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Interview

KIM Bo-yeon, Scriptwriter on STAR TREK: DISCOVERY

Feb 15, 2019
  • Writerby KIM Su-bin
  • View485
“A unique voice, that is the most powerful thing a writer can have.”


KIM Bo-yeon is the first Asian female screenwriter to write for the 53-year-old science-fiction series Star Trek. She has been on board since the first season of Star Trek: Discovery in 2017, as an executive story editor, and wrote two episodes for the season 2, which began airing in January. The writer, who majored in archaeology, started her career by entering the CBS Mentoring Program in 2014. She is about to make another leap, as she has recently been chosen to write a spinoff series to Star Trek: Discovery, starring Michelle YEOH.

You have spent your childhood and adolescence in five different countries. How has this experience influenced you to become a writer and create your own series?
Growing up in five different countries was a double-edged sword: while it was a rare, privileged experience that not every child is given, it was not easy moving every three years to a different country. I always felt like an outsider, even when I returned to Korea. For the longest time, I thought my unique childhood was my weakness. I was frustrated that I was not fluent in English or Korean. But now, I understand that being trilingual and multicultural are my greatest strengths as a person and as a writer. It gave me a unique voice as a writer, and that is the most powerful thing a writer can have.

After studying archeology in Bryn Mawr College, you took a writing class at UCLA. Then, after working as a translator for the National Drama Company of Korea, you went back to UCLA to attend graduate school and study writing again. Could you tell me what motivated you to make these decisions?
After graduating from college, I returned to Korea because I had no idea what I wanted to do with my life. I knew that academia wasn’t for me, even though I enjoyed anthropology and archaeology. So instead I focused on technical writing, teaching English and working as a freelance translator for many years. It wasn’t until I started working at the National Theater of Korea where the work of translating Korean traditional opera from Korean to English became a surprisingly creative effort. I think translating stories that were so deeply embedded in the Korean culture (like <Filial Daughter Shim Cheong>), stories that were so different from what I normally write, sparked something in me, and really inspired me to start writing on my own. Also, during my confused days, I was watching every film and television shows I could get my hands on. I was obsessed with American TV. Looking back, I realize how important this period of time was. If I hadn’t wandered, I wouldn’t have found my way. I actually don’t see studying anthropology or translating as a turning point. I believe they were all leading me on the same path, to becoming a writer.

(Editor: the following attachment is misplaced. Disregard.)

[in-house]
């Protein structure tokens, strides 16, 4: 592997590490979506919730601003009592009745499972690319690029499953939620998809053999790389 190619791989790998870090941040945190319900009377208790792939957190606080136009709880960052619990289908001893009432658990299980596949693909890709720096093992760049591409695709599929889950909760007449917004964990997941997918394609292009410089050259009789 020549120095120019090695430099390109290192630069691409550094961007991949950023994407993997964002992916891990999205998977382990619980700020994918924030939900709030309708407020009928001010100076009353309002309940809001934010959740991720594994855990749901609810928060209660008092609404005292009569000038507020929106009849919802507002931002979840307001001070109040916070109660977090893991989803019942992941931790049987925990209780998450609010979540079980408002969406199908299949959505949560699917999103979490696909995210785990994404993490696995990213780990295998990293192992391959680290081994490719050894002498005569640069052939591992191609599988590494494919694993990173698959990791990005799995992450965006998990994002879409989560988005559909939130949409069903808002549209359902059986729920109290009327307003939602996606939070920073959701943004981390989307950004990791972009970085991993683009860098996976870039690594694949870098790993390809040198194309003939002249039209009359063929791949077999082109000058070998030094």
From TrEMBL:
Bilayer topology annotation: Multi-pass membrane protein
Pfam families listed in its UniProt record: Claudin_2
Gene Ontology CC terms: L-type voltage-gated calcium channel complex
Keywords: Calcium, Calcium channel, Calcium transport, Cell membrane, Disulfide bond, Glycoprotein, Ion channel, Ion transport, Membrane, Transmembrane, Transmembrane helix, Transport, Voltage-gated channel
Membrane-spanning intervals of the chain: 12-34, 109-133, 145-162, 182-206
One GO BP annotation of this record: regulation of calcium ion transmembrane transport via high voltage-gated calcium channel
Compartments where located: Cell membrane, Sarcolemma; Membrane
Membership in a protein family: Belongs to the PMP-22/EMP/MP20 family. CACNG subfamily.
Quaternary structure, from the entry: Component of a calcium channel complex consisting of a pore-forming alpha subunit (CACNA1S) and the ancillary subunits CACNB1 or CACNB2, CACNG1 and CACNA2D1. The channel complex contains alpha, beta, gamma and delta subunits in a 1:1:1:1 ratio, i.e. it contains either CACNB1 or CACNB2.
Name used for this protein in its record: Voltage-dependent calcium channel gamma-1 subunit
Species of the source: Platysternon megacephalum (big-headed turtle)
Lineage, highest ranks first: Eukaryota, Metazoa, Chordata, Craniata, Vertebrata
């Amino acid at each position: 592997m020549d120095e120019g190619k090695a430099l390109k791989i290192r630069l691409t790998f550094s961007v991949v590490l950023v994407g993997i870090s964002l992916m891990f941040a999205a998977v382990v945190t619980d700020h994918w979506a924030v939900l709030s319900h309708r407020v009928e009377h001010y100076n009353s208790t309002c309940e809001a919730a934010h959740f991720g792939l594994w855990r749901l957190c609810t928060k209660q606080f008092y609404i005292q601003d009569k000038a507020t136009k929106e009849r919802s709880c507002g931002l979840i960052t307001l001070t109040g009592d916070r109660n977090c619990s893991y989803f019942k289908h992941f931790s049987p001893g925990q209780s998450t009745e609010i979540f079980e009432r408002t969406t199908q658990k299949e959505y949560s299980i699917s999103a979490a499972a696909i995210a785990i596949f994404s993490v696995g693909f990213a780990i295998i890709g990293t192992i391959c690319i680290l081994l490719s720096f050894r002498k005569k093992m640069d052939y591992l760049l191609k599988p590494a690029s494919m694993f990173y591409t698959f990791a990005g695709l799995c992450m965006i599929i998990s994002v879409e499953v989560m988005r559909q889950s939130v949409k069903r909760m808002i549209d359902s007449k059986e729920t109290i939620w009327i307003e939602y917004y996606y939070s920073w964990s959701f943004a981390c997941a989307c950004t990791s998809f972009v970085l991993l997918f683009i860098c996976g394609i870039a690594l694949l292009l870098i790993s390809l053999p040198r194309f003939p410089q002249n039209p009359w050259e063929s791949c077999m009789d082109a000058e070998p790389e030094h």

I heard that you were already a big fan of Star Trek, so what was your feeling when you learned that you were going to work on Star Trek: Discovery?
I actually didn’t grow up watching Star Trek – they weren’t readily available in the countries I grew up in. But I’m a life-long fan of science fiction and fantasy, and I was aware that Star Trek was one of the great pillars of science fiction. I was an adult when I first watched Star Trek, and I’m glad I was, because I think I had a greater appreciation of the stories. To be a writer for Star Trek, and to be the first Asian female writer for the franchise, is really an honor and a dream come true. Sci-fi television is still dominated by white male writers. So I’m very happy to get the chance to prove that female and Asian writers can write great science fiction, too.

You are helming a new Star Trek series starring Michelle YEOH. What message would you like to give with this new series?
While I can’t tell you much about the spinoff itself, what I can say is that it will be the first Star Trek show created by Asian (female) writers, with an Asian female as its lead. It’s going to be very special. It’s also going to be very different, because our main character is not going to be a traditional Starfleet captain or an officer. I want to break new grounds, showing the audience a whole new side to Star Trek, while still upholding Star Trek’s well-defined values. We are in very early stages of development, but I’m already very excited by what we have come up with.


Last year, diversity was a big topic in the U.S. entertainment industry, with discussions about gender salary gap, the #MeToo movement and the ‘Asian August’. Do you think this is the sign of a change in Hollywood that will allow for more diversity?
I think so. Of course, change doesn’t happen overnight, especially not in Hollywood. But what’s important is that we (as women and/or as diverse creators) are not afraid to speak up about these issues anymore, and that we are talking about them as an industry right now.

What is you dream as a writer? Can you tell me about your plans for the future?
Right now I’m focused on bringing the Star Trek spinoff show to life. And that is already a dream come true. What comes next, I have no idea, but I have faith that the right project will come along and it will be the right time to do it.
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